Grammar lesson #15: subject/verb agreement (Part 3)

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[Image credit: Stuart Miles]

Subject/verb agreement end of story (at least in this girl’s blog).

  • Rule: If a sentence begins with there is or there are, the subject comes after the verb; the verb agrees with what follows.
  • Examples: There are many fans waiting for autographs.  There is a lone shell expecting to be plucked up.
  • Rule: Nouns that imply more than one person, but are considered singular such as committee, class, family, group and team, are called collective nouns and require a singular verb.
  • Examples: The group of shellers combs the beach each morning before sunrise.  The family of dolphins swims and plays together.
  • Rule: Such expressions as with, together with, including, in addition to, as well as or accompanied by don’t change the number of the subject.  Singular subjects beget singular verbs.
  • Example: His shell, together with hers, is polished and ready for display.

For additional grammar help, check out The Purdue Online Writing Lab.

Do you have an easier way of getting the job done, or additional tips to say it right?

Grammar lesson #2: plural possessive the right way

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[Image credit: Stuart Miles]

While the topic of apostrophes is still fresh, it’s time to review plural possessive.  Remember, if a singular proper noun owns something, an apostrophe (with means possessive) is required before the “s” (i.e., our  lemon tree’s fruit is ripe).  Conversely, if the word is plural the apostrophe is placed after the “s.”  For example, our lemon tree is filled with more than one lemon; therefore, the lemons’ citrus scent permeates our backyard.  Similarly, if multiple communities share the same landscape plan, then the three communities’ flora and fauna are uniform.  And if I’m talking about something belonging to me, I can either write Chris’ lemon tree or Chris’s lemon tree — both ways are acceptable.  But here’s where it can get tricky: if a group or a family name does not end in “s,” you must insert an apostrophe and an “s” (i.e., the Schmidt’s lemon tree).  However, if the name already ends in “s,” add the apostrophe only (i.e., the Williams’ lemon tree).  Also, an “‘s” is added to plural forms not ending in “s” such as the children’s lemonade stand.  If you’re still stumped, check out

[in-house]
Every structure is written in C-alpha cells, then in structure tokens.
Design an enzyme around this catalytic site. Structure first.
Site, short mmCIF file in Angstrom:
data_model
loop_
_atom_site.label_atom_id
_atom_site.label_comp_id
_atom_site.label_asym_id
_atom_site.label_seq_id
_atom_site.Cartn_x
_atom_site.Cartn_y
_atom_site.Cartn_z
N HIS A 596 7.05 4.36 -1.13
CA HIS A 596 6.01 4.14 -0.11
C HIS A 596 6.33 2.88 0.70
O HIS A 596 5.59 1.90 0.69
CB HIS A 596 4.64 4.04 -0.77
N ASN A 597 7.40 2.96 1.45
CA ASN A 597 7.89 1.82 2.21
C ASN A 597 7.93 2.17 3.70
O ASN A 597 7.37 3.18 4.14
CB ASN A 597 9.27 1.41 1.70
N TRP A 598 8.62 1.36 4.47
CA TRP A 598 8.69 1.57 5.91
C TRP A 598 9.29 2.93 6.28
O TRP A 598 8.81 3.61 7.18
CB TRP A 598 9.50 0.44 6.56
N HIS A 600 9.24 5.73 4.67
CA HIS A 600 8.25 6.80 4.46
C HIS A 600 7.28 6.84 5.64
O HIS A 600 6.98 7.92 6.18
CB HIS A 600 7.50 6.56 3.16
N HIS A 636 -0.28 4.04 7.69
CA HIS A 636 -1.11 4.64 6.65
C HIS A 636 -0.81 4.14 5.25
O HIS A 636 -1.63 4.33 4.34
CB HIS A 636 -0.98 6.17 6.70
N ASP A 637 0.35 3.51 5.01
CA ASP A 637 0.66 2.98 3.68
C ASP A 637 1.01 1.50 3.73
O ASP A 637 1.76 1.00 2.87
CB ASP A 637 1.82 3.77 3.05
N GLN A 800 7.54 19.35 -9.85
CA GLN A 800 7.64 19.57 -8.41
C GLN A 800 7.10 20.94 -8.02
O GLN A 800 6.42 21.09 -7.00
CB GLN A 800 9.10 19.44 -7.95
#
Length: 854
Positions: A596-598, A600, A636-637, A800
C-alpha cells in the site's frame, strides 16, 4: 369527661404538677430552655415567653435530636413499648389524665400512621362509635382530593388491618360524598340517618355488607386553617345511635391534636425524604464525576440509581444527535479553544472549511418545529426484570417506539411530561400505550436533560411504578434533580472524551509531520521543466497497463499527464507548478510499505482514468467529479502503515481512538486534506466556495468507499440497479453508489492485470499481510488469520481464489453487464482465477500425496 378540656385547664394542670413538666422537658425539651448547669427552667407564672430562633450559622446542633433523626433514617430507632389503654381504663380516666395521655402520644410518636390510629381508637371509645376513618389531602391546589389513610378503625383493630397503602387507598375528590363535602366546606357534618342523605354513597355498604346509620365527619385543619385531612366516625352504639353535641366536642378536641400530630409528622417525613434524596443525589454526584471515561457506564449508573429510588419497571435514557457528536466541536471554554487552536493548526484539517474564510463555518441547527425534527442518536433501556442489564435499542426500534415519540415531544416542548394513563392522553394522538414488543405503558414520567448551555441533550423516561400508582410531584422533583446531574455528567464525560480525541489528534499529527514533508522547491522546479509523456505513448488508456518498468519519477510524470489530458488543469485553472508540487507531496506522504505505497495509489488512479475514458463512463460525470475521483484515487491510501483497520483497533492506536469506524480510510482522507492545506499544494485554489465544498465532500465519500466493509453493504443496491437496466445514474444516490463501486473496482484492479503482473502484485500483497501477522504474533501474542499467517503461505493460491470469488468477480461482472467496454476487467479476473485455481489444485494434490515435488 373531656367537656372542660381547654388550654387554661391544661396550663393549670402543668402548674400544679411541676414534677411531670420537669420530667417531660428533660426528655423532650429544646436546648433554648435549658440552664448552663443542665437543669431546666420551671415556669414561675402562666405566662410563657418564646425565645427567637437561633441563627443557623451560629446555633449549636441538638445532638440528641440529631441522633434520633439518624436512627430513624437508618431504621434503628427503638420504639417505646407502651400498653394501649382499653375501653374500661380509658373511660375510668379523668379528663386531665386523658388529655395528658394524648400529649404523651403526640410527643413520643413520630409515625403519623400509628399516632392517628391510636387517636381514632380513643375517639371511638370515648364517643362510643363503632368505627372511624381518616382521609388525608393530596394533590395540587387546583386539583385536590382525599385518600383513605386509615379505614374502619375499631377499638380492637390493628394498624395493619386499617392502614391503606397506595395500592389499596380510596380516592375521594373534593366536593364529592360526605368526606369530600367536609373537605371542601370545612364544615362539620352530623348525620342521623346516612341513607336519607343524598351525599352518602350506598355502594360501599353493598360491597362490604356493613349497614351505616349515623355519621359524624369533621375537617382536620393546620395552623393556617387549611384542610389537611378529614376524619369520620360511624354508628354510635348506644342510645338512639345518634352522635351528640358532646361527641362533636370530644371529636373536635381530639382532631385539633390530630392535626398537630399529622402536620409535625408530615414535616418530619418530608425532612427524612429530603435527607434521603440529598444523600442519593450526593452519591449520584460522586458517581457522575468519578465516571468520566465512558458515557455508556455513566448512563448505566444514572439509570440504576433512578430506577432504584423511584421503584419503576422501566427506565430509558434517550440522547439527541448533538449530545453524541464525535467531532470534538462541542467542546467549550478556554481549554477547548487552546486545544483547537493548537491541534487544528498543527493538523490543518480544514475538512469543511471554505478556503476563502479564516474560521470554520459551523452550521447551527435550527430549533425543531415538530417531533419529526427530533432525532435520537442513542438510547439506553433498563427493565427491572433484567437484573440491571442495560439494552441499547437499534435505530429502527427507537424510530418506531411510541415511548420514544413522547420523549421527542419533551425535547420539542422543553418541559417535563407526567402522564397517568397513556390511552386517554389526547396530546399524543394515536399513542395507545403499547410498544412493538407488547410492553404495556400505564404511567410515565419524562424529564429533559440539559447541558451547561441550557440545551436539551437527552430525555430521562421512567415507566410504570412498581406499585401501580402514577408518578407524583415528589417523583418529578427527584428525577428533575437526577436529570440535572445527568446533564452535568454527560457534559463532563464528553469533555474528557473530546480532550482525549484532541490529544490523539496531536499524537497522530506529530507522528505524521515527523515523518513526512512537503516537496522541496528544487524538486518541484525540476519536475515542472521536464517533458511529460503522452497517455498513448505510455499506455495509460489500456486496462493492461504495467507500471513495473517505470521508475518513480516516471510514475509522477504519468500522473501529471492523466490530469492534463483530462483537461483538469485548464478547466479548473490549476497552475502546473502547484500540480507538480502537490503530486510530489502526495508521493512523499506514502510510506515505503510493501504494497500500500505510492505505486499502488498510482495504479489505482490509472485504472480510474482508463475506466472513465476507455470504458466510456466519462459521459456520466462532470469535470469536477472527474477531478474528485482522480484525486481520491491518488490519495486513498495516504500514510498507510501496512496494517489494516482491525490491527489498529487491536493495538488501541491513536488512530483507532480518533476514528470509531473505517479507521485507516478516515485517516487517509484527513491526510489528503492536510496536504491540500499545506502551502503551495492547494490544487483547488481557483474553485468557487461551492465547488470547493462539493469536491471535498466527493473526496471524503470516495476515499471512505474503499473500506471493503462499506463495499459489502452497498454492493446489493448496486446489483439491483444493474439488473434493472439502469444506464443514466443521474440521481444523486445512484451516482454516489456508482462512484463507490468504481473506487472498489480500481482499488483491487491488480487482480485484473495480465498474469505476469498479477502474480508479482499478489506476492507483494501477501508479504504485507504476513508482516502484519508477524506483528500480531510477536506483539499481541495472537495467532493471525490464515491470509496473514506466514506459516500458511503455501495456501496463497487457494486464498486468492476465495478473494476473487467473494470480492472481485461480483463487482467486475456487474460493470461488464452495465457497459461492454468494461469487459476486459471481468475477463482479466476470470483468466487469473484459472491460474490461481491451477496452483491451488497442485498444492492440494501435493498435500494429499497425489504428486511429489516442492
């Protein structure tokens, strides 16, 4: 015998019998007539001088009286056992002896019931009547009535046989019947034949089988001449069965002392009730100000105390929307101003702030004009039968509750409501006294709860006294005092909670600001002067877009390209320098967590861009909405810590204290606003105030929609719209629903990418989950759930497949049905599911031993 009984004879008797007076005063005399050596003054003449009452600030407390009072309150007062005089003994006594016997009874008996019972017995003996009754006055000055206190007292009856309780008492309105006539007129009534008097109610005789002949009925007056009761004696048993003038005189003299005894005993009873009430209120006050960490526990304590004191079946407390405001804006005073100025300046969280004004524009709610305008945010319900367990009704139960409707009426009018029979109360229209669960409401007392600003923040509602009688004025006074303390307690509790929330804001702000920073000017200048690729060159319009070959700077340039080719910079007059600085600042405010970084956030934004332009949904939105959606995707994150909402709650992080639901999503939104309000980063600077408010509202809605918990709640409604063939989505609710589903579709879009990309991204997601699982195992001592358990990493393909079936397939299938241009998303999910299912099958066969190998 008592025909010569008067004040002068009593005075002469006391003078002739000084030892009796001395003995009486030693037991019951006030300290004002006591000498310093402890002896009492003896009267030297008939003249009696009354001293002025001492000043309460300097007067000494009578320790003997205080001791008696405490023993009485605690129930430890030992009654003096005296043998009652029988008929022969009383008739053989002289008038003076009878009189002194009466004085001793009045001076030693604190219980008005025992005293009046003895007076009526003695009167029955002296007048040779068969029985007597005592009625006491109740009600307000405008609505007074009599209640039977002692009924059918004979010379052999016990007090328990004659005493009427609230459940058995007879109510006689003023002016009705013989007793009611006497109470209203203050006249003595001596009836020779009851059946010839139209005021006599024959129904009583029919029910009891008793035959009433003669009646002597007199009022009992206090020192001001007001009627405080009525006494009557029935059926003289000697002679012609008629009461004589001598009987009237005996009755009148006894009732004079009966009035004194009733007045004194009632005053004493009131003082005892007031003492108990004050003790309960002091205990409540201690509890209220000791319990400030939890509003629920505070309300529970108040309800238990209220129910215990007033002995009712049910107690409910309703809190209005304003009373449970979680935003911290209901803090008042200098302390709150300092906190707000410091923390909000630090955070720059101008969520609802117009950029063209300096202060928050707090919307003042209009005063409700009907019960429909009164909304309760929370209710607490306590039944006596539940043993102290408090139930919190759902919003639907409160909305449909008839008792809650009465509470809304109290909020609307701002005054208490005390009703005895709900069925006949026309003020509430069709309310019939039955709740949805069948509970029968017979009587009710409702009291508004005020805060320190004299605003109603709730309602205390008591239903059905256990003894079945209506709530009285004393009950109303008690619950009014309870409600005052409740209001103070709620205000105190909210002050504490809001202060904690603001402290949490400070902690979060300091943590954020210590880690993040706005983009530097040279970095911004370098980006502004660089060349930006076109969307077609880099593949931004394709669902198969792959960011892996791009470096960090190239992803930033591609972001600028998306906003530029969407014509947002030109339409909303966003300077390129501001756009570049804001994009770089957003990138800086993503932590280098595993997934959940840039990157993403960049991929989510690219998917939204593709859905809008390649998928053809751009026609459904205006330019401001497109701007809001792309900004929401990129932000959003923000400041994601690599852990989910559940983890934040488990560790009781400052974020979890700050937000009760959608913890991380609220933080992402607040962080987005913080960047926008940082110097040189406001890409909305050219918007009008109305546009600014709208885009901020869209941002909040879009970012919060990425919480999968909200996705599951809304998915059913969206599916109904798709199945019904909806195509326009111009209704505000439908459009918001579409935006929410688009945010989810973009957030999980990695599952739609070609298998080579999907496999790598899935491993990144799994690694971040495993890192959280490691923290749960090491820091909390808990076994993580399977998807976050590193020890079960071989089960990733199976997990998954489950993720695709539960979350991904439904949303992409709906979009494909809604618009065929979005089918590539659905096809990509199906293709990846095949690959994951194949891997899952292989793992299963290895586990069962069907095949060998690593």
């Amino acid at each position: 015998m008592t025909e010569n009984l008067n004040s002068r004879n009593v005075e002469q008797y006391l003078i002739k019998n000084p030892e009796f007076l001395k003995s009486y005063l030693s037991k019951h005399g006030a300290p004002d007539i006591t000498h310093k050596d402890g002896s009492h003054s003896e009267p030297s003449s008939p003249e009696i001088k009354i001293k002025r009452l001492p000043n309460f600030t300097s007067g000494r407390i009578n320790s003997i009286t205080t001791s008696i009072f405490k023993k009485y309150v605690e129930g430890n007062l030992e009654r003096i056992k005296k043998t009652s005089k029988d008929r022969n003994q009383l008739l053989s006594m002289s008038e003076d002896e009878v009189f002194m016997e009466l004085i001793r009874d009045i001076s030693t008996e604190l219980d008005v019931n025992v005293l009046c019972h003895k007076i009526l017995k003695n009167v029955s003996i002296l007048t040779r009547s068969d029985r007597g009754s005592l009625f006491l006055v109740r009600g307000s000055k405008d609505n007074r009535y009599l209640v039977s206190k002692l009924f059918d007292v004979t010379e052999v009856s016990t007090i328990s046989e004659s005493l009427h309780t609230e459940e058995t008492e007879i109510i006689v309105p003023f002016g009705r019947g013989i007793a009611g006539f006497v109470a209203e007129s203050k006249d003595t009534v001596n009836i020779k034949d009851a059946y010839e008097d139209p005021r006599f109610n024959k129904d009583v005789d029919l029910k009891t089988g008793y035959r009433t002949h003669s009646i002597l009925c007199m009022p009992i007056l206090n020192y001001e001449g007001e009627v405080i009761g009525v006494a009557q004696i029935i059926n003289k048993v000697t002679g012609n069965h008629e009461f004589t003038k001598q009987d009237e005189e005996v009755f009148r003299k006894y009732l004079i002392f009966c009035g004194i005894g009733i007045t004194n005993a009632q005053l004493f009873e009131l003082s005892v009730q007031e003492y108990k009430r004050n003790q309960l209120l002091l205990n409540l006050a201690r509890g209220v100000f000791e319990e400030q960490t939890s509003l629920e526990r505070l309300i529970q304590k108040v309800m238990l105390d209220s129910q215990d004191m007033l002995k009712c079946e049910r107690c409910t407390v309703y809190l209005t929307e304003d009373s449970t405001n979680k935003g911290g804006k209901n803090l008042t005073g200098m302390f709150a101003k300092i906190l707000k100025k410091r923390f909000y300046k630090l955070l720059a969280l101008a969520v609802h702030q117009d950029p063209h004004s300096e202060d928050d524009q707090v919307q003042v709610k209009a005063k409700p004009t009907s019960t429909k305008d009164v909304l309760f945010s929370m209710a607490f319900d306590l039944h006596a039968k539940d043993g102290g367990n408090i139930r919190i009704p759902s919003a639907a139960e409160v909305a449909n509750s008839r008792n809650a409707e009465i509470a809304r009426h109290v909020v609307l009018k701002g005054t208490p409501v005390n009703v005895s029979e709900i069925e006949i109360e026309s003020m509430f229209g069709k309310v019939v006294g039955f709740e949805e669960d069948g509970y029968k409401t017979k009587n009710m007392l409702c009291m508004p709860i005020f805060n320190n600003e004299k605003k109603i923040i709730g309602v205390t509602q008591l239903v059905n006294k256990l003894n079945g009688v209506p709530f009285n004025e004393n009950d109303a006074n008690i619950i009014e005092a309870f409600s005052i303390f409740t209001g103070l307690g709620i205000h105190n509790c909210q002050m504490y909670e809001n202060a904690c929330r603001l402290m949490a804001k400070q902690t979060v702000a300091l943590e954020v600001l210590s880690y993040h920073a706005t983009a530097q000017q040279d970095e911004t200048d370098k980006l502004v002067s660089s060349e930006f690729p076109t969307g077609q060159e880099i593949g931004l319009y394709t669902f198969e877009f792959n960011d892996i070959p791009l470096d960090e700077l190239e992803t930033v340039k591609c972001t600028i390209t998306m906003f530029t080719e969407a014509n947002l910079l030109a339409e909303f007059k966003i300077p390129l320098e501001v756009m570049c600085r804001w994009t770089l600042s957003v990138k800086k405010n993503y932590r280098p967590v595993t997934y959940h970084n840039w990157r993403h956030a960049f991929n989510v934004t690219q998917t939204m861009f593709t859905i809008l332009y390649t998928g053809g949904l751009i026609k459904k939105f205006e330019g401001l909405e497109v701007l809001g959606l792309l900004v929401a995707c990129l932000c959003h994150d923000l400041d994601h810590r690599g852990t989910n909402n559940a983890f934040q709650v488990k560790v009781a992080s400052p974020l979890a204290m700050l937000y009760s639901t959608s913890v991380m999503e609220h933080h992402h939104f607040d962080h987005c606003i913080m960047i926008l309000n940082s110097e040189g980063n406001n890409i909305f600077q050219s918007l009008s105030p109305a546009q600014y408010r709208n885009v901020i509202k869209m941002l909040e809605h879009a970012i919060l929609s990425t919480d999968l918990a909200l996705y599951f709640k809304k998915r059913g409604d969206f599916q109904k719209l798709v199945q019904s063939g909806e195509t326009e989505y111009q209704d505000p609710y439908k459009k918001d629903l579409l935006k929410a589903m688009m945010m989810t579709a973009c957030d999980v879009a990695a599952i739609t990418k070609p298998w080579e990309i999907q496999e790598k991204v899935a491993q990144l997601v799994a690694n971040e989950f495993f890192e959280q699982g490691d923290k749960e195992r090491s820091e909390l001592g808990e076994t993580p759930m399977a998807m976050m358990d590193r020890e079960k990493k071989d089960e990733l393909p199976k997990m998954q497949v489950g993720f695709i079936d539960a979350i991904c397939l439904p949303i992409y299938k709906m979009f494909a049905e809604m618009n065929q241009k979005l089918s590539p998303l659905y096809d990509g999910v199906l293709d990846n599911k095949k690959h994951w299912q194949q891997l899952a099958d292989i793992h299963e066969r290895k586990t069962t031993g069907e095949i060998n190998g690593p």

Can you add any other exceptions to the plural possessive rules?